Why I Should’ve Never Told People I Write

It took me many years to be able to admit I’m a writer. I used to think that since I wasn’t published, it meant I wasn’t one. I was just someone who wrote. And not very well at that.

Then I took my first college creative writing class and I realized, yes, I am a writer. Even if I’m not published. Even if I’m not particularly good at it. Even if I’m the only person who ever reads my work.

So I started admitting to people that I’m a writer.

And it bit me in the ass.

First of all, there’s the doubters. I’ve had someone say, because I’m not published, “Oh, she writes. But she’s not a writer.” So long as you’re getting your words down–even if it’s by dipping your quill in baby blood and writing on goat hide–you’re a writer.

Second, there’s the lengthy discussion of my work. The first question they’ll ask is what I write.

“YA fantasy.”

At their blank look, I suppress an eye roll and expound: “Young adult fantasy. It’s for teens.”

Then I have to endure the snide remarks. “Oh, ’cause that’s never been done before.” Or more often just the, “Oh.” I guess they were hoping I was writing the next Great American Novel?

Next, they ask what my book is about, which is a question I loathe because I can’t be as vague as with the first.

“Oh, you know. Lots of magic. Lots of gore.”

If they’re still with me, often not, they’ll ask the dreaded, “So when are you going to be published?”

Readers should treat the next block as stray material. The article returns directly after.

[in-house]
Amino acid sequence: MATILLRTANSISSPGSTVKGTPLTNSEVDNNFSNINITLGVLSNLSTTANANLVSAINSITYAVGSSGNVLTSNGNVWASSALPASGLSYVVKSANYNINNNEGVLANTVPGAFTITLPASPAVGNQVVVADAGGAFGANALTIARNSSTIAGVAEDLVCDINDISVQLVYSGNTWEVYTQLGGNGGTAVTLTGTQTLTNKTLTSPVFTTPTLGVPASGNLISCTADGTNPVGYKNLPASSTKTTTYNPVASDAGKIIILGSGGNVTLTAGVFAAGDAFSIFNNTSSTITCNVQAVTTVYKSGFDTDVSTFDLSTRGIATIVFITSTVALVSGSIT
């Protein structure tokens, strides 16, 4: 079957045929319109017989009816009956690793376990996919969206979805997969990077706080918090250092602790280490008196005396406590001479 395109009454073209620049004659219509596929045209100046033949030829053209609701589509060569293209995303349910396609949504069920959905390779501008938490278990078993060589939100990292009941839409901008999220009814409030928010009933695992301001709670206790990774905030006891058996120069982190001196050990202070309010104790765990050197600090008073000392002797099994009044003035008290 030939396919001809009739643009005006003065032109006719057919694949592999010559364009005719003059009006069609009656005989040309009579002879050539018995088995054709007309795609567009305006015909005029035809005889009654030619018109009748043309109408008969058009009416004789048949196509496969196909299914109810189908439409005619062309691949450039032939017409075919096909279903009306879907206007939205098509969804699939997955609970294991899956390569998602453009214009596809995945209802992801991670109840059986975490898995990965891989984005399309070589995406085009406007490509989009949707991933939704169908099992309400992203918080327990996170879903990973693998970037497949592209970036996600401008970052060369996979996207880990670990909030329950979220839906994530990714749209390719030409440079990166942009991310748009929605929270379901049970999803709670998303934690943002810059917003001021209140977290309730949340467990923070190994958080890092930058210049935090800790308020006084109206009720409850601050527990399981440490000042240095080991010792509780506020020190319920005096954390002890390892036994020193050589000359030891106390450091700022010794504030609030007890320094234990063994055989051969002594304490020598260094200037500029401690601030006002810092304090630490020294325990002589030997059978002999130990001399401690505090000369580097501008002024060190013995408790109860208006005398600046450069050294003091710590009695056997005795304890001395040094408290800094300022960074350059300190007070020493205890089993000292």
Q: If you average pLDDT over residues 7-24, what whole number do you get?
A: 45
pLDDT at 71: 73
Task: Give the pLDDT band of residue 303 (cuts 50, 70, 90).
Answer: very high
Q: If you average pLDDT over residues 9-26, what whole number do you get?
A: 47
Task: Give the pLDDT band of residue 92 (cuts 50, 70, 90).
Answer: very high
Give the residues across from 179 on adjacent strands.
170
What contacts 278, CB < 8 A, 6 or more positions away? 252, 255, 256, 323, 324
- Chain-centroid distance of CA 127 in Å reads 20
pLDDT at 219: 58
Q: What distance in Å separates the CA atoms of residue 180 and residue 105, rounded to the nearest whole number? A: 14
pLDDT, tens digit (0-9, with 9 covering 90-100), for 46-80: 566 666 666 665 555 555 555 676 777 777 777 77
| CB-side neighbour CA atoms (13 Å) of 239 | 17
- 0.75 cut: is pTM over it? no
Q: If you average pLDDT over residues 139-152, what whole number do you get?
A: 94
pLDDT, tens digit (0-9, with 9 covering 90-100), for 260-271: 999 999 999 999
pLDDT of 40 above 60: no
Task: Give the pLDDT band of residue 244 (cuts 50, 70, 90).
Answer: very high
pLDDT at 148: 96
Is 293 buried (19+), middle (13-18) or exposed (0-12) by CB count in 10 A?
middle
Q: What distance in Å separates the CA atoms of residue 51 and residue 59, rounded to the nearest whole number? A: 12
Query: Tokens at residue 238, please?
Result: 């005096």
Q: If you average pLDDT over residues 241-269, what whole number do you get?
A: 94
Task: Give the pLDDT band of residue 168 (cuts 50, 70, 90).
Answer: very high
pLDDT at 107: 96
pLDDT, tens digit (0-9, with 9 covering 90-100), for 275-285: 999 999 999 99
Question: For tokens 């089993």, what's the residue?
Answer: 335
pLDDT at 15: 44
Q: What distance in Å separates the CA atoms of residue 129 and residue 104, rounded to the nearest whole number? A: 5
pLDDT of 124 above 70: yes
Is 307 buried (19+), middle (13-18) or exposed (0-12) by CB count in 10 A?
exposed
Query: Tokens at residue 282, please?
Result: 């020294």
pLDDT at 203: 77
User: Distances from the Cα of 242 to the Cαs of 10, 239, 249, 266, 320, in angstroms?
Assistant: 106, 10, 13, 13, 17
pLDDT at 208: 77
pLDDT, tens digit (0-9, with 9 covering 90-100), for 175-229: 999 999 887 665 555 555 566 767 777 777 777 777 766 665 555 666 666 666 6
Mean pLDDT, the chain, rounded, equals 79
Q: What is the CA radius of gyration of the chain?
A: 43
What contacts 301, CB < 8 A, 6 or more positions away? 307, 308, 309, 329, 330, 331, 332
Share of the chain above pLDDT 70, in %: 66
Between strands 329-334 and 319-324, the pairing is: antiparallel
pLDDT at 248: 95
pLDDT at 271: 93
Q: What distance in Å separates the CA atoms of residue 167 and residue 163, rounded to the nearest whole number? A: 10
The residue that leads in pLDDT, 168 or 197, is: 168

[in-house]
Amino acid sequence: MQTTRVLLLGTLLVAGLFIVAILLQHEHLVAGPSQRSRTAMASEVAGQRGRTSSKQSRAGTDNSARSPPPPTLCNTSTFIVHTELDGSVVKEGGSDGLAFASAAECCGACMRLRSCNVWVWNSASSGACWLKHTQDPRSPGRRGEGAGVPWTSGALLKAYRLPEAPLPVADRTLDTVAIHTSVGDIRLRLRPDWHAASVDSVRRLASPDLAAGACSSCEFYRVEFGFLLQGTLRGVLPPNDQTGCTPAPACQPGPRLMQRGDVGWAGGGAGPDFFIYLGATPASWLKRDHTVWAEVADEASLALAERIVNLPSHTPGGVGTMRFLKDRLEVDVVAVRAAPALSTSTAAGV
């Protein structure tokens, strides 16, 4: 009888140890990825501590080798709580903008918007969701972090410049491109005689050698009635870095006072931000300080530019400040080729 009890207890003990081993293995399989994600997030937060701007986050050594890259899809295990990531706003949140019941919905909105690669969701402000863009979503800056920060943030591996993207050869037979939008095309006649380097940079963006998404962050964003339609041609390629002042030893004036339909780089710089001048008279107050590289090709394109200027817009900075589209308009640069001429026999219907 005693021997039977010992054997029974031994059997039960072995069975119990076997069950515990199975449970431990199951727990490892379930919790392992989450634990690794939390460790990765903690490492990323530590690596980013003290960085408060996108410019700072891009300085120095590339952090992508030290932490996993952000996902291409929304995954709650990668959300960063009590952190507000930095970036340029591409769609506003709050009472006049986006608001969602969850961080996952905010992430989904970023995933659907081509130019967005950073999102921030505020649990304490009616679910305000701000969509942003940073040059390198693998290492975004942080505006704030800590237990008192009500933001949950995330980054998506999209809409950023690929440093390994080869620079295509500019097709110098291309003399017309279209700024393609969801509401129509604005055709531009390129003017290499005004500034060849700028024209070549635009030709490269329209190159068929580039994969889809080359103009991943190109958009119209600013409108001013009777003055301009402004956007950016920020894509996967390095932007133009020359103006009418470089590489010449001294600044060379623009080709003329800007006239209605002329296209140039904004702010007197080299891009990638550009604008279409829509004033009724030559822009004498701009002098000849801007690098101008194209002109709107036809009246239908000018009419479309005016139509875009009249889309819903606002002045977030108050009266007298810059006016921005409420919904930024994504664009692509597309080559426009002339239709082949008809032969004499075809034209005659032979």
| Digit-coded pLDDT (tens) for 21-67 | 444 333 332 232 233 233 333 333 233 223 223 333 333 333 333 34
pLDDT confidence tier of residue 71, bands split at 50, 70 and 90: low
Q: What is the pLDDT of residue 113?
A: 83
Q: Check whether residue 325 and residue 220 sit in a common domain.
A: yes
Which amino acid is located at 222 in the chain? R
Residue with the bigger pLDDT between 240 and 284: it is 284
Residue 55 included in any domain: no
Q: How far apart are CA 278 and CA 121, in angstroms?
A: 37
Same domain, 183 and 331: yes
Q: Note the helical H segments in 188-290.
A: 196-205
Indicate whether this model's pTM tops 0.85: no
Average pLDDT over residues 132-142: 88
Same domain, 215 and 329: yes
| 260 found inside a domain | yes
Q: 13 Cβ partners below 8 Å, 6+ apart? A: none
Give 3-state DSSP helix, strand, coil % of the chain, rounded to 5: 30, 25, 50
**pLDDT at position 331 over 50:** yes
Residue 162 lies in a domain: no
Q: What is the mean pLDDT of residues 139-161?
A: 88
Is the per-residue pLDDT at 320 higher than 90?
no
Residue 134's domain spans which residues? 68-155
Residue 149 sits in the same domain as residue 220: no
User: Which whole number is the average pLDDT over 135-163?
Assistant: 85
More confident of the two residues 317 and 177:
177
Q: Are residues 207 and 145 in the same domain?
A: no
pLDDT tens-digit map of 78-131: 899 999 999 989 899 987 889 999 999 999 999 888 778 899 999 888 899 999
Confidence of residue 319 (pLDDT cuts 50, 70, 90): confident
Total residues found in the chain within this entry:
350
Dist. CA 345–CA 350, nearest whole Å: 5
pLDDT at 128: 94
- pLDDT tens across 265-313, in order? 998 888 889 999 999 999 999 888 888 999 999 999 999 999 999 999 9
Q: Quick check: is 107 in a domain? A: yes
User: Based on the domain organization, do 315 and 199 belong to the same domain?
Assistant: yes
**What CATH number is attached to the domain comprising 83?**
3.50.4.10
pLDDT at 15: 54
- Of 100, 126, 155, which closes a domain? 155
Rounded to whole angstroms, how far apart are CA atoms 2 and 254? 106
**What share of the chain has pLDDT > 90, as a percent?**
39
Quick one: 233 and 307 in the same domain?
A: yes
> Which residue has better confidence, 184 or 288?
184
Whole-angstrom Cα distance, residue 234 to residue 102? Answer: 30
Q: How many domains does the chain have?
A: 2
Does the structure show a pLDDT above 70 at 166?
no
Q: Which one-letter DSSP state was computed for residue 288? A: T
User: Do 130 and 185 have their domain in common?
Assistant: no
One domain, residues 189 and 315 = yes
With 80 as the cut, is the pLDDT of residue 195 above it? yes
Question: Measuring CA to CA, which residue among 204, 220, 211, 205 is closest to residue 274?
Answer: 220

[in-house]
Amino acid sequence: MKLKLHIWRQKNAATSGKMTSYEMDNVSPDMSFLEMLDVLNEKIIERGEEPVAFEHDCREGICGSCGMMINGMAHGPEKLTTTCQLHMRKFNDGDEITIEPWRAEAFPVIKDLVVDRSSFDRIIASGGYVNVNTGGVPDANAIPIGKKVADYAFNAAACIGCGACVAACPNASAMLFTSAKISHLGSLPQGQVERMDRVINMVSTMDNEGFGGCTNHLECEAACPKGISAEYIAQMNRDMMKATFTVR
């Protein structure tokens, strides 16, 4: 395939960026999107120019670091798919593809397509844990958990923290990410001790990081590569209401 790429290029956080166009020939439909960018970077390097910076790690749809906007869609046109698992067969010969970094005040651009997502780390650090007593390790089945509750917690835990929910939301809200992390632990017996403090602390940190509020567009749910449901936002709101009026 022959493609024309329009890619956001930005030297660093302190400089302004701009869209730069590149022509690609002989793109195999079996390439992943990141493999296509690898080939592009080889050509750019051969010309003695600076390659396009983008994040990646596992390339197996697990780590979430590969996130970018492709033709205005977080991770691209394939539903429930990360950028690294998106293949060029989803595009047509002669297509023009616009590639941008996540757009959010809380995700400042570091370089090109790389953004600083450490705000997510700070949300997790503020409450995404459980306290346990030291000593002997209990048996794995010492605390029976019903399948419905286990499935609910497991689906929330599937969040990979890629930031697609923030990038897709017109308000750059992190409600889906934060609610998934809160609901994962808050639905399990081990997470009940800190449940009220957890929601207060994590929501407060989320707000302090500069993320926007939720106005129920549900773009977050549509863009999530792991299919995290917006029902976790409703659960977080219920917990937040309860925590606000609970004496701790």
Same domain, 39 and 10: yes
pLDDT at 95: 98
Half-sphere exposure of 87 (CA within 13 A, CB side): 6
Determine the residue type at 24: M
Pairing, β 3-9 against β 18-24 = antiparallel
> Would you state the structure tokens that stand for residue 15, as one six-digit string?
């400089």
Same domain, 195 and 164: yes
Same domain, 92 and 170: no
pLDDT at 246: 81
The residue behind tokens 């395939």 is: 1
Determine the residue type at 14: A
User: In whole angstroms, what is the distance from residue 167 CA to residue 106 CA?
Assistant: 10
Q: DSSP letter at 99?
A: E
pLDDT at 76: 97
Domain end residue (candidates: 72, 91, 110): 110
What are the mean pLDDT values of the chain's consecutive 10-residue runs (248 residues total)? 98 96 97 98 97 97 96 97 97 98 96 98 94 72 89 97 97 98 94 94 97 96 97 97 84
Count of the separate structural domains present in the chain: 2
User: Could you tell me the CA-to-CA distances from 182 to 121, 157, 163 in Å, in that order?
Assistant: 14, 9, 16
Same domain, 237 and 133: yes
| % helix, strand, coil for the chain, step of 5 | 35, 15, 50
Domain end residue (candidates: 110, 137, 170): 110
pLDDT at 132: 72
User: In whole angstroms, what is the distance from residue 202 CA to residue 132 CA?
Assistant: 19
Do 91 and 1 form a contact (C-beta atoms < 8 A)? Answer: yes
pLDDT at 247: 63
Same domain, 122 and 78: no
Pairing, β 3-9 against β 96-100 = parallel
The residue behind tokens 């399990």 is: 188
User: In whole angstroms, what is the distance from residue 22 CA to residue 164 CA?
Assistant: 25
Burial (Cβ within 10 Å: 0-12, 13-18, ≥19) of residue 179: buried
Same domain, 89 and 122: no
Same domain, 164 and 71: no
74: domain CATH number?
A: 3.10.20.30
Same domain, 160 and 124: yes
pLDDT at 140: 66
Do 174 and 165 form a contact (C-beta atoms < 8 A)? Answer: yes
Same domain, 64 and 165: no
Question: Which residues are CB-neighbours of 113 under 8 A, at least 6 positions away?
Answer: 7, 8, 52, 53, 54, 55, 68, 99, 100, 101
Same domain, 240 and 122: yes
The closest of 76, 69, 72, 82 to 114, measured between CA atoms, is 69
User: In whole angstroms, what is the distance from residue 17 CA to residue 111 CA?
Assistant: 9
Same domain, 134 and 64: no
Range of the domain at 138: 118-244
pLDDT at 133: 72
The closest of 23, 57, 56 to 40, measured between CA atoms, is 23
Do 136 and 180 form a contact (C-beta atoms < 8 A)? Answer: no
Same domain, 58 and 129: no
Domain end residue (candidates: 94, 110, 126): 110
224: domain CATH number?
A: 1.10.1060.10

Yes, Joey. When are you going to be published?


That parasitic question has burrowed in my head and died and now it’s just festering and oozing and I just can’t. Every time I’m asked that, it’s like having my heart ripped out.

The people who ask this don’t realize how difficult it is to get traditionally published. They don’t know how much competition there is. Writing a single draft isn’t enough. You can’t just submit it after you type, “The End.” There’s revising and editing and getting feedback and then revising and editing and MORE feedback and then scrapping the entire novel and starting from scratch and. It. Does. Not. End. They think it’s an amazing feat just to have written a book. But when you’re serious about publishing, getting the first draft is the easy part, isn’t it?

What’s more infuriating is that most of them don’t ask because they actually want to read it. No, most of the people I know would probably purchase a copy of the book (in paperback, I’m guessing) and never read it. Or they expect a signed copy to be given to them.

They ask me because of the money. Because all authors become New York Time’s Bestsellers. Because all authors have their books adapted to movies. The most interest my family shows concerning my writing: “When are you going to get published so I can quit my job?”

That question makes my chest tighten, forms a knot in my stomach. I wrote my first manuscript over three years ago and I’m still not published. Granted, I’m not actively seeking representation at the moment. But I still feel like a miserable failure.

Pressuring me to get published does not motivate me. It only makes me doubt myself. I start wondering if I’ll ever be a successful writer, and then I begin spiraling into a writing slump that I have to dig myself out of.

What are your thoughts? Do you proudly wave your writer flag? Or are you more hesitant to speak about it?